The impeachment vote itself contradicted the pretensions of House Democrats. Speaker Pelosi said last year that she wouldn’t support impeachment unless there was something “so compelling and overwhelming and bipartisan” that it demanded a response. Likewise, Congressman Jerry Nadler said that the House had to “persuade enough of the opposition party voters” before it voted to impeach. Democrats failed on both counts. Indeed, the only bipartisan aspect of the whole proceeding is that both Republicans and Democrats voted against impeaching the president. Not a single Republican voted for either article of impeachment in the House, resulting in the first party-line impeachment of a president in our nation’s history.

So instead of doing their work, House Democrats simply impeached the president and declared their job complete. Yet after piously declaring the urgency of this impeachment, they waited a month to send the articles over to the Senate. Maybe they had to wait for the gold-encrusted souvenir pens to arrive for Speaker Pelosi’s “signing ceremony.”

And once in the Senate, the political theater continued. The House Democrats repeatedly asserted a bizarre logical fallacy: their case was both “overwhelming” and in need of more evidence. Yet we heard from seventeen witnesses—all hand-selected by the House Democrats—and received more than 28,000 pages of documents. The House could’ve pursued more witnesses during its impeachment, yet it instead chose to rush ahead rather than subpoena those witnesses or litigate issues in federal court. In fact, when one of the House’s potential witnesses asked a federal court to rule on the issue, the House withdrew its subpoena and asked to dismiss the case. The House Democrats complain that the courts would’ve taken too long, yet they expected the Senate to delay our work to finish theirs. And in a final, remarkable stunt, Congressman Adam Schiff suggested that we depose witnesses—only his, of course, not the president’s—with Chief Justice Roberts ruling on all questions of evidence and privilege, dragging him into this political spectacle.

But the curtain will soon come down on this political theater. The Senate will perform the role intended for us by the Founders, of providing the “cool and deliberate sense of the community,” as it says in Federalist 63, over and against an inflamed and transient House majority. Were we to do otherwise, were the Senate to acquiesce to the House, this process might have dragged on for many weeks, even for months, shutting down the normal legislative business of Congress even longer than it already has.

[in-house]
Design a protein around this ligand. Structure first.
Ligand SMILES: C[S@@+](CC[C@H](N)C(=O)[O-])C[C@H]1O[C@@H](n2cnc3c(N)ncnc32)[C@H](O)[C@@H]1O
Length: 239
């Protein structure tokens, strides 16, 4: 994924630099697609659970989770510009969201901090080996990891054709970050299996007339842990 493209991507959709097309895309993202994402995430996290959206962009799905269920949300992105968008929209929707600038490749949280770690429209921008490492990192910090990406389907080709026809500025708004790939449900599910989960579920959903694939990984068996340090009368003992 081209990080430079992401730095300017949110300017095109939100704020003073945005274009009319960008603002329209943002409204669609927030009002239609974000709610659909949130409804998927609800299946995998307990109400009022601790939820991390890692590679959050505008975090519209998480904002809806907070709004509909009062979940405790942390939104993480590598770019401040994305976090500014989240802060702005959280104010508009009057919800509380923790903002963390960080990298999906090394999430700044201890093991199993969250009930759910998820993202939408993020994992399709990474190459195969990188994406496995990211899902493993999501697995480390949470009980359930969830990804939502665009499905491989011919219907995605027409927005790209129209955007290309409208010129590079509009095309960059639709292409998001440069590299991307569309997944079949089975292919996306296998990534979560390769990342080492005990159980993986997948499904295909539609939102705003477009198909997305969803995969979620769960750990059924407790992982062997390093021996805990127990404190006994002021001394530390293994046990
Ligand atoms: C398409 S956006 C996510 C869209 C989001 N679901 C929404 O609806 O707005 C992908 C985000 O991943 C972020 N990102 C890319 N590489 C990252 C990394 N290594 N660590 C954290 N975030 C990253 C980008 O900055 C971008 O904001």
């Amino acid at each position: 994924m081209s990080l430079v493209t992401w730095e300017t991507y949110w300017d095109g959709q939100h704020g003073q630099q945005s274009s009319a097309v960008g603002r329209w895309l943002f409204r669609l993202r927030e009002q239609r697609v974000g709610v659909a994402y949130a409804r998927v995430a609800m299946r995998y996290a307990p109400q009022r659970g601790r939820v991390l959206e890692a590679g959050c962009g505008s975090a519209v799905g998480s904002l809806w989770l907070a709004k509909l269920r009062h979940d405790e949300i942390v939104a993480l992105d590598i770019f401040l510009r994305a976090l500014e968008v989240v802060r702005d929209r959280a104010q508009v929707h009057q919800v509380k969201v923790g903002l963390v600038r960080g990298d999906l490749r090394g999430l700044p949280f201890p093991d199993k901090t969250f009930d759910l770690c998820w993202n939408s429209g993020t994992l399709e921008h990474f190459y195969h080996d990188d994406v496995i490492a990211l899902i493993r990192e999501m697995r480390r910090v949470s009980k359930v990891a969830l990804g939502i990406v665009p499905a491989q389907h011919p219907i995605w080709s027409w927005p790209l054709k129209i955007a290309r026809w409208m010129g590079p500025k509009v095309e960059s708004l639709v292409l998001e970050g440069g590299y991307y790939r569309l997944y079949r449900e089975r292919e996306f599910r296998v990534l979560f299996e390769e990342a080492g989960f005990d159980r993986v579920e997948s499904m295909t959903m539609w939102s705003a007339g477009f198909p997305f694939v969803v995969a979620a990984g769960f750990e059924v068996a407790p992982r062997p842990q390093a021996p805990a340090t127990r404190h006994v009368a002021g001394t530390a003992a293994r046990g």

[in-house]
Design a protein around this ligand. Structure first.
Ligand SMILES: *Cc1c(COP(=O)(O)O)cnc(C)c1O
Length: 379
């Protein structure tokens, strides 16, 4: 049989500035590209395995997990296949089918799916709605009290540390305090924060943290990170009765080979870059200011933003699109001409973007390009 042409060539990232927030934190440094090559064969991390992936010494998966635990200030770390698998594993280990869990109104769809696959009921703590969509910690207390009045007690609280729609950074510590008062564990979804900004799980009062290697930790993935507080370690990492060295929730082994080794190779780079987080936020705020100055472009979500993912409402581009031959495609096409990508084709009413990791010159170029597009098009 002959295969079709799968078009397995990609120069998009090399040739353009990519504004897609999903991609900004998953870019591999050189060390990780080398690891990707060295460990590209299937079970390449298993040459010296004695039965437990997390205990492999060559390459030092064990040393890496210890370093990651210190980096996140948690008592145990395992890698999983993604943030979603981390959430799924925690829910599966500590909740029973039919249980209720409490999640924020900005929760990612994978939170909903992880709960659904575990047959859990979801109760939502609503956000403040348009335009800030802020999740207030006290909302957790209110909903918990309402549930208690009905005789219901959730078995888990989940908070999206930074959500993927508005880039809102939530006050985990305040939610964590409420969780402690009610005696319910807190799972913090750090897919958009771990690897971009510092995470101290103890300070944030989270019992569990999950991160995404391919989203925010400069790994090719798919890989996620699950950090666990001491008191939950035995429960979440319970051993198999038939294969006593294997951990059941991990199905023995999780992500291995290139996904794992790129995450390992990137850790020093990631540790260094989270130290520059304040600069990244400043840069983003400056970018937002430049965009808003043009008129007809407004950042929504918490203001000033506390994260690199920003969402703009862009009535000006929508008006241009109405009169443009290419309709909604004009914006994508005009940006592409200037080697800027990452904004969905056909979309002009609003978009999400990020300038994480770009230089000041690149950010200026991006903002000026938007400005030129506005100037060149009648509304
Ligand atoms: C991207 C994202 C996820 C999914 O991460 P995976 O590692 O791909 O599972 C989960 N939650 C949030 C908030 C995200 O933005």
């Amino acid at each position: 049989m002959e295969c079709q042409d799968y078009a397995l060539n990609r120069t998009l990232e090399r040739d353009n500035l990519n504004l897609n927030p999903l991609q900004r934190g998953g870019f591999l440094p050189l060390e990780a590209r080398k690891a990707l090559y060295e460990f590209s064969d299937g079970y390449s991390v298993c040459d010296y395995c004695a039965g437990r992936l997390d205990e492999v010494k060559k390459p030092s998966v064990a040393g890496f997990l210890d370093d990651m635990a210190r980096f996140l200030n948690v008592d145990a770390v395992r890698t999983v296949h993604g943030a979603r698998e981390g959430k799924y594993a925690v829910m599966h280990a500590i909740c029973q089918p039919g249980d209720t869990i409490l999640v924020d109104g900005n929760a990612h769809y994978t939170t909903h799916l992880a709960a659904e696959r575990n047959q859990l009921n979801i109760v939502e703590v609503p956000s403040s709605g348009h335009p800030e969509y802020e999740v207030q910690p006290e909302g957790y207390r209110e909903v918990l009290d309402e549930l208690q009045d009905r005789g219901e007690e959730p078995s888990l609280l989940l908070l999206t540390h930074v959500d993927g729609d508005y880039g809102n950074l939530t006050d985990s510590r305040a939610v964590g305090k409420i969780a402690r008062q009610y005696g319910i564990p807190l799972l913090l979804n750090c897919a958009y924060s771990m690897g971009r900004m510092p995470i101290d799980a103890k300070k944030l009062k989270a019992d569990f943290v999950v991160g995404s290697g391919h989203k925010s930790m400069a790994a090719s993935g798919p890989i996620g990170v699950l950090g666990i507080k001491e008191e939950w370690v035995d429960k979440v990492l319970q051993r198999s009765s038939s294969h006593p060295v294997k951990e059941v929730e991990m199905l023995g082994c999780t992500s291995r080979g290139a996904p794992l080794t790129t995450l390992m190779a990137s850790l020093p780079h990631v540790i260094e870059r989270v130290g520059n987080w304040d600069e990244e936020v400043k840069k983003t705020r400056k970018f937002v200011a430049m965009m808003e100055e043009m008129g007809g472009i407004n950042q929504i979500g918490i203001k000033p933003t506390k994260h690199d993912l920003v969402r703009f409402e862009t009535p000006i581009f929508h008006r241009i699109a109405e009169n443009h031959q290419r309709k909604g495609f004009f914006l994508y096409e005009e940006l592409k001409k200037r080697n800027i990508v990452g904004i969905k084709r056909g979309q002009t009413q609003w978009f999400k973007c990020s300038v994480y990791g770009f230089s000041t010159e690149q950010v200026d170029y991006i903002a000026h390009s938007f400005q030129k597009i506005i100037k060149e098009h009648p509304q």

Even worse, by legitimizing the House’s flawed, partisan impeachment, we would be setting a grave precedent for the future. Just consider how many times we heard about the impeachment trial of President Andrew Johnson during this trial. The Founders didn’t intend impeachment as a tool to check the executive over policy disagreements or out of political spite. And the House has never before used impeachment in this way. Not when the Democrats claimed that President George W. Bush misled the country into the Iraq War or when President Barack Obama broke the law by releasing terrorists from Guantanamo Bay in return for the release of an American deserter, Bowe Bergdahl. Indeed, the Republican House did not impeach President Obama for, yes, withholding aid from Ukraine for three full years.

No House in the future should lead the country down this path again. By refusing to do this House’s dirty work, the Senate is stopping this dangerous precedent and preserving the Founders’ understanding that Congress ought to restrain the executive through the many checks and balances still at our disposal. More fundamentally, we’re preserving the most important check of all—an election. It’s time to teach that lesson to this House and to all future Houses, of both parties.

Nancy Pelosi and Adam Schiff have failed, but the American people lost. Now it’s time to get back to doing the people’s business.